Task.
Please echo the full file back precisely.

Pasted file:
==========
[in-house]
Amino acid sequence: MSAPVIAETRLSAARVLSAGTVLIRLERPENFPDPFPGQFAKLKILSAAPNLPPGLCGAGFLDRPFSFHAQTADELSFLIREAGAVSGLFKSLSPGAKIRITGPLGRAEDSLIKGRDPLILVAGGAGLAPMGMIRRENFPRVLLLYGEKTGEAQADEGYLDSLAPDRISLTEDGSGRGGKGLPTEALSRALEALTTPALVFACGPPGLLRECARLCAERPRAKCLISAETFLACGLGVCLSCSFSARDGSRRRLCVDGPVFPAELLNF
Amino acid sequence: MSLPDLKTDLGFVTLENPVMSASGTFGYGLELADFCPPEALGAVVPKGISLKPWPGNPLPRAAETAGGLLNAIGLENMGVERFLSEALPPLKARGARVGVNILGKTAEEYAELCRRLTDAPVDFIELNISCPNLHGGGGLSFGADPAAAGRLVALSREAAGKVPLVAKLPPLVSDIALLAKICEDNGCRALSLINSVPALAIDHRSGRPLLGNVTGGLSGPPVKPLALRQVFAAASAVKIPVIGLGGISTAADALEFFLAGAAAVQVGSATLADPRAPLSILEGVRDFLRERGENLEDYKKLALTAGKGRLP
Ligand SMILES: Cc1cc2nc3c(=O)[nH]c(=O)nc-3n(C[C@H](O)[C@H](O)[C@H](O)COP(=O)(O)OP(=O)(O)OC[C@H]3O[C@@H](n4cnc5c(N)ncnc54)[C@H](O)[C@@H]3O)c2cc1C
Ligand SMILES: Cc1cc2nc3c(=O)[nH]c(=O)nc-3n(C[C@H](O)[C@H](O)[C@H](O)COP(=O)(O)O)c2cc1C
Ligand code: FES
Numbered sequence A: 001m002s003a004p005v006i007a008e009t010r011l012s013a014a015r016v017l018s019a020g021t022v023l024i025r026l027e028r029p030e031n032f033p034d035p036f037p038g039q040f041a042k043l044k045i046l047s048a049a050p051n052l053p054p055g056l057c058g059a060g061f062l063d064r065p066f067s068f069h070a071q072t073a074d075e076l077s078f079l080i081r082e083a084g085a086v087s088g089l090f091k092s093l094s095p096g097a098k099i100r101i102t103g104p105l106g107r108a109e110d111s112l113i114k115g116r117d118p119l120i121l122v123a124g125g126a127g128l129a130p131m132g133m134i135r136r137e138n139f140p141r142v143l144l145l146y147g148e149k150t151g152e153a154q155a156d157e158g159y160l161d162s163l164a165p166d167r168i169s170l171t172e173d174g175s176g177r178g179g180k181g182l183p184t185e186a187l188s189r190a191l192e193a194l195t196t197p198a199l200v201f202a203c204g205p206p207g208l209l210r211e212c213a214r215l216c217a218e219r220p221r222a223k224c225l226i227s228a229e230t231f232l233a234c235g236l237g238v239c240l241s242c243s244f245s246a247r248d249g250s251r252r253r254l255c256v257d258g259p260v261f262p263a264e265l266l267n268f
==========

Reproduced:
[in-house]
Amino acid sequence: MSAPVIAETRLSAARVLSAGTVLIRLERPENFPDPFPGQFAKLKILSAAPNLPPGLCGAGFLDRPFSFHAQTADELSFLIREAGAVSGLFKSLSPGAKIRITGPLGRAEDSLIKGRDPLILVAGGAGLAPMGMIRRENFPRVLLLYGEKTGEAQADEGYLDSLAPDRISLTEDGSGRGGKGLPTEALSRALEALTTPALVFACGPPGLLRECARLCAERPRAKCLISAETFLACGLGVCLSCSFSARDGSRRRLCVDGPVFPAELLNF
Amino acid sequence: MSLPDLKTDLGFVTLENPVMSASGTFGYGLELADFCPPEALGAVVPKGISLKPWPGNPLPRAAETAGGLLNAIGLENMGVERFLSEALPPLKARGARVGVNILGKTAEEYAELCRRLTDAPVDFIELNISCPNLHGGGGLSFGADPAAAGRLVALSREAAGKVPLVAKLPPLVSDIALLAKICEDNGCRALSLINSVPALAIDHRSGRPLLGNVTGGLSGPPVKPLALRQVFAAASAVKIPVIGLGGISTAADALEFFLAGAAAVQVGSATLADPRAPLSILEGVRDFLRERGENLEDYKKLALTAGKGRLP
Ligand SMILES: Cc1cc2nc3c(=O)[nH]c(=O)nc-3n(C[C@H](O)[C@H](O)[C@H](O)COP(=O)(O)OP(=O)(O)OC[C@H]3O[C@@H](n4cnc5c(N)ncnc54)[C@H](O)[C@@H]3O)c2cc1C
Ligand SMILES: Cc1cc2nc3c(=O)[nH]c(=O)nc-3n(C[C@H](O)[C@H](O)[C@H](O)COP(=O)(O)O)c2cc1C
Ligand code: FES
Numbered sequence A: 001m002s003a004p005v006i007a008e009t010r011l012s013a014a015r016v017l018s019a020g021t022v023l024i025r026l027e028r029p030e031n032f033p034d035p036f037p038g039q040f041a042k043l044k045i046l047s048a049a050p051n052l053p054p055g056l057c058g059a060g061f062l063d064r065p066f067s068f069h070a071q072t073a074d075e076l077s078f079l080i081r082e083a084g085a086v087s088g089l090f091k092s093l094s095p096g097a098k099i100r101i102t103g104p105l106g107r108a109e110d111s112l113i114k115g116r117d118p119l120i121l122v123a124g125g126a127g128l129a130p131m132g133m134i135r136r137e138n139f140p141r142v143l144l145l146y147g148e149k150t151g152e153a154q155a156d157e158g159y160l161d162s163l164a165p166d167r168i169s170l171t172e173d174g175s176g177r178g179g180k181g182l183p184t185e186a187l188s189r190a191l192e193a194l195t196t197p198a199l200v201f202a203c204g205p206p207g208l209l210r211e212c213a214r215l216c217a218e219r220p221r222a223k224c225l226i227s228a229e230t231f232l233a234c235g236l237g238v239c240l241s242c243s244f245s246a247r248d249g250s251r252r253r254l255c256v257d258g259p260v261f262p263a264e265l266l267n268f